Racehorses need strong bones and stable joints to remain healthy throughout their careers. But some premature foals are born with just the opposite: soft bones and joints at risk of collapse. Can these at-risk newborns with so-called incomplete ossification beat the odds and turn into successful racehorses?

Lillian M.B. Haywood, VMD, recently completed a study aiming to answer that question and presented the results at the 2015 American Association of Equine Practitioners’ Convention, held Dec. 5-9 in Las Vegas. Haywood is an ambulatory practitioner at Rood & Riddle Equine Hospital, in Lexington, Kentucky.

Haywood said that incomplete ossification (essentially, cartilage hasn’t completely hardened into bone before birth) of the cuboidal bones, located in the tarsus (hock) and carpus (knee), can potentially have lifelong consequences. If those bones are incompletely formed, the joints cannot hold up to the foal’s weight or movement. This can lead to joint damage, especially crushing and wedging of the bones in the tarsus, and predispose the foal to unsoundness as he ages.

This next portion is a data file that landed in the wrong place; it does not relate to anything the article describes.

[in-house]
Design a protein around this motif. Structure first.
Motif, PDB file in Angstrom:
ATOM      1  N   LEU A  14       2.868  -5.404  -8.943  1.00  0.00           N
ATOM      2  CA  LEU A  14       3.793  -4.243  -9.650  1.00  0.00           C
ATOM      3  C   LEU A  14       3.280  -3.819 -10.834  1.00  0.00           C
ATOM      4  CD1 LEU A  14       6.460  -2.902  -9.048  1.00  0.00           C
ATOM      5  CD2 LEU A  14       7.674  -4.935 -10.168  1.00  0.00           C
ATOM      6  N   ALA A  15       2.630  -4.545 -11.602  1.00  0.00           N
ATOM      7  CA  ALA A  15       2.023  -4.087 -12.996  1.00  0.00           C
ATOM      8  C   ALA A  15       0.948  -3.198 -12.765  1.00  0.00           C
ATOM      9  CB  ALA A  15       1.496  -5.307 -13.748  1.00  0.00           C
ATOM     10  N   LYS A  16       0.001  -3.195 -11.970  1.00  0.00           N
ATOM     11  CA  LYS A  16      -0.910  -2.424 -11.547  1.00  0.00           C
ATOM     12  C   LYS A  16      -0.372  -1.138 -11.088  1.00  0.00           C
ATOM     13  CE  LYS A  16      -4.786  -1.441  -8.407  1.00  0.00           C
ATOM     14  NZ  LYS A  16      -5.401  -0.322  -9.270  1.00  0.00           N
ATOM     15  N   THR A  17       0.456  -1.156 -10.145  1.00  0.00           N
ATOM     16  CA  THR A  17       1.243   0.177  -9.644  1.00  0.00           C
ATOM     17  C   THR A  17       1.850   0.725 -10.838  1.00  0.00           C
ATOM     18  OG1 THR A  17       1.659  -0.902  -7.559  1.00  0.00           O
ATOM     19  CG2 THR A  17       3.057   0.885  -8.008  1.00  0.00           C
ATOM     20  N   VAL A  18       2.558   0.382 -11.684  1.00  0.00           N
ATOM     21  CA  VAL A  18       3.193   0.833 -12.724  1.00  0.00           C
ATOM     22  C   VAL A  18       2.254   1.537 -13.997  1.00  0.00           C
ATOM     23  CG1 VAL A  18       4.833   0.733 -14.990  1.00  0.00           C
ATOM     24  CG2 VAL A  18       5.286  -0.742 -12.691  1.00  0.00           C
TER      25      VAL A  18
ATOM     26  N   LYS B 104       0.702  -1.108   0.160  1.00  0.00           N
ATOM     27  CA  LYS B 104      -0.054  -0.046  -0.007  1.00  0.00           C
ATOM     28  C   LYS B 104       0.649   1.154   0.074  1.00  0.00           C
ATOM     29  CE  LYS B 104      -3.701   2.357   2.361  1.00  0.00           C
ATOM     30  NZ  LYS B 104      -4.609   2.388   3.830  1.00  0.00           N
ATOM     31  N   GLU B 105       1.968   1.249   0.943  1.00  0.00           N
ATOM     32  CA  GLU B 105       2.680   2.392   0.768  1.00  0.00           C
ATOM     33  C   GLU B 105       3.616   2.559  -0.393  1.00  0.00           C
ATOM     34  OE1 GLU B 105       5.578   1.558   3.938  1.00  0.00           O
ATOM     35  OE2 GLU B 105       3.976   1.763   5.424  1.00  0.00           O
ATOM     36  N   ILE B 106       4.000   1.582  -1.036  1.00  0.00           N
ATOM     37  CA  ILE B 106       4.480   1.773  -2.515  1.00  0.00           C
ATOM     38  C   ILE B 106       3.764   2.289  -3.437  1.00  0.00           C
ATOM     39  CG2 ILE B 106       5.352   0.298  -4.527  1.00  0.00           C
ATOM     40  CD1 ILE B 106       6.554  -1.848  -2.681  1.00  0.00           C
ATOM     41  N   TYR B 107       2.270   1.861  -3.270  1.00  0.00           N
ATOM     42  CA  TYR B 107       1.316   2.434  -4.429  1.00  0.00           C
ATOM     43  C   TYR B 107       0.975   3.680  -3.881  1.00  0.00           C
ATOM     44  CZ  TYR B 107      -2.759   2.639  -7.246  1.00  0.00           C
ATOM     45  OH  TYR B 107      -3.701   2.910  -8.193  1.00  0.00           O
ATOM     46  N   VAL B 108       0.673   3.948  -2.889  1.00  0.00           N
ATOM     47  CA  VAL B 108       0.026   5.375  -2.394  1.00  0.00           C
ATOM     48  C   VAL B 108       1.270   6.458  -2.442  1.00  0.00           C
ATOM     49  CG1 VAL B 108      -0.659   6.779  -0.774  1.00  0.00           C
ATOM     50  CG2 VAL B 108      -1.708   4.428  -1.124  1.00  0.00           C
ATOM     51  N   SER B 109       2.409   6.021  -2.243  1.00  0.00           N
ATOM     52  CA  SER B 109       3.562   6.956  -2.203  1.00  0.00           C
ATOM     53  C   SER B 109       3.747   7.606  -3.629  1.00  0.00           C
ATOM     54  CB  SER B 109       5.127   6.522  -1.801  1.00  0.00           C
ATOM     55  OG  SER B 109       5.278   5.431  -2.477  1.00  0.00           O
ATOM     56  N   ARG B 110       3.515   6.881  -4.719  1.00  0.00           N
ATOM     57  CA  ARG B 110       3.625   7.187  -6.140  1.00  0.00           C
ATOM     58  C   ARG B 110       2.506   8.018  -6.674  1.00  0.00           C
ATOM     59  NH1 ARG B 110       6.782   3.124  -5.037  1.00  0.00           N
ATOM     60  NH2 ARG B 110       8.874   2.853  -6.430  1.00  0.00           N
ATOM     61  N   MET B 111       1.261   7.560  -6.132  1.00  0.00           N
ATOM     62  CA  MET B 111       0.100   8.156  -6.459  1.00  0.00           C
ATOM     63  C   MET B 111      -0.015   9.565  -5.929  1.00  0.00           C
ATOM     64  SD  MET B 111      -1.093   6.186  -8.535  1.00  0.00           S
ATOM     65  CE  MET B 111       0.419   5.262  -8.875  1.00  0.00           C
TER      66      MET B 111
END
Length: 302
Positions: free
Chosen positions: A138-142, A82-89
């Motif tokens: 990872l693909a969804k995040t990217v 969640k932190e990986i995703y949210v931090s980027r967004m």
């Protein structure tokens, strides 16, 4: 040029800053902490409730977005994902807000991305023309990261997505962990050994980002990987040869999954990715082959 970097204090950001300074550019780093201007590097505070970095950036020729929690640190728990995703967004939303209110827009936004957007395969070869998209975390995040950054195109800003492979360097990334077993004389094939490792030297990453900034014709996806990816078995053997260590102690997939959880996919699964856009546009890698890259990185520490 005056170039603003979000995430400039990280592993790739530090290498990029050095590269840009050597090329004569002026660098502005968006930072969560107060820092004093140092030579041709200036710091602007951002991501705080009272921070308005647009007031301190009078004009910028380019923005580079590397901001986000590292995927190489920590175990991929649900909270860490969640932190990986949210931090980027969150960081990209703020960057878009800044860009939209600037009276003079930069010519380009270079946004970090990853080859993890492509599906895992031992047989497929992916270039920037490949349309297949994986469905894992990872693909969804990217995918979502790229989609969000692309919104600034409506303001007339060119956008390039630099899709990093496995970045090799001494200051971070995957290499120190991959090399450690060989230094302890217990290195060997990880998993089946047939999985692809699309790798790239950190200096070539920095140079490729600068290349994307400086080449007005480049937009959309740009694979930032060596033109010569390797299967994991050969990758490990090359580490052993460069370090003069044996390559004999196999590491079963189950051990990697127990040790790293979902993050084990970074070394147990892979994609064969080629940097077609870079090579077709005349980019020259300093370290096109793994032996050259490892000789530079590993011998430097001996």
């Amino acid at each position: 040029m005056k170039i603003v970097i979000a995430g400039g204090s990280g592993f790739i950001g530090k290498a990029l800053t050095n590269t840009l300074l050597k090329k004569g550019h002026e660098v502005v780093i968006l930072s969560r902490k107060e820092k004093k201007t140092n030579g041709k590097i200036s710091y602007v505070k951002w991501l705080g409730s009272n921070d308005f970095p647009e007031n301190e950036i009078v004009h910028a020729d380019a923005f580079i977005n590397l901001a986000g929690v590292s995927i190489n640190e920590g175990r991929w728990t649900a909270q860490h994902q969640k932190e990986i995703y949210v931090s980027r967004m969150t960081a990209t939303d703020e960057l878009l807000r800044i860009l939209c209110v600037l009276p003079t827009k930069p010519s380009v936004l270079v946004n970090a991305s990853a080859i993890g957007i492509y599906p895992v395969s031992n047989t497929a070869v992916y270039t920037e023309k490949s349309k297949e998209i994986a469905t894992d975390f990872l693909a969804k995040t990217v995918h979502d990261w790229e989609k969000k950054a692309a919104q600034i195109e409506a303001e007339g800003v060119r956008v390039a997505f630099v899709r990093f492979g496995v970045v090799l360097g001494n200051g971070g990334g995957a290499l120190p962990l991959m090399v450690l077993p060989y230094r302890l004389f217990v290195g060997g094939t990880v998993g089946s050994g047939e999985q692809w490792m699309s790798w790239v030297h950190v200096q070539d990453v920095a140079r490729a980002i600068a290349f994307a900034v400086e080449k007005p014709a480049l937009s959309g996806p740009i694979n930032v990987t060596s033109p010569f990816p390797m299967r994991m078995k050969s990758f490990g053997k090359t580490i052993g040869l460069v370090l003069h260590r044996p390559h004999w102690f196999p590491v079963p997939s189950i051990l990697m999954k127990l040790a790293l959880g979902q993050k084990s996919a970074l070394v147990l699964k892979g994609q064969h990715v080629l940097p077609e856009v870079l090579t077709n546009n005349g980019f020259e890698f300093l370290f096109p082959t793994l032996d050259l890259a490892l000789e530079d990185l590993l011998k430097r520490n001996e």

Haywood and colleagues hypothesized that foals with a shorter gestation length and incomplete cuboidal bone ossification would be less likely to race and would earn less than their maternal siblings. To find out, the team conducted a retrospective study in which they evaluated medical records from 1994 to 2011 of foals younger than 90 days of age with tarsal radiographs. They reviewed those radiographs and graded the ossification based on the Adams Skeletal Ossification Index (a four-point scale where Grade 1 reflects no evidence of ossification and Grade 4 re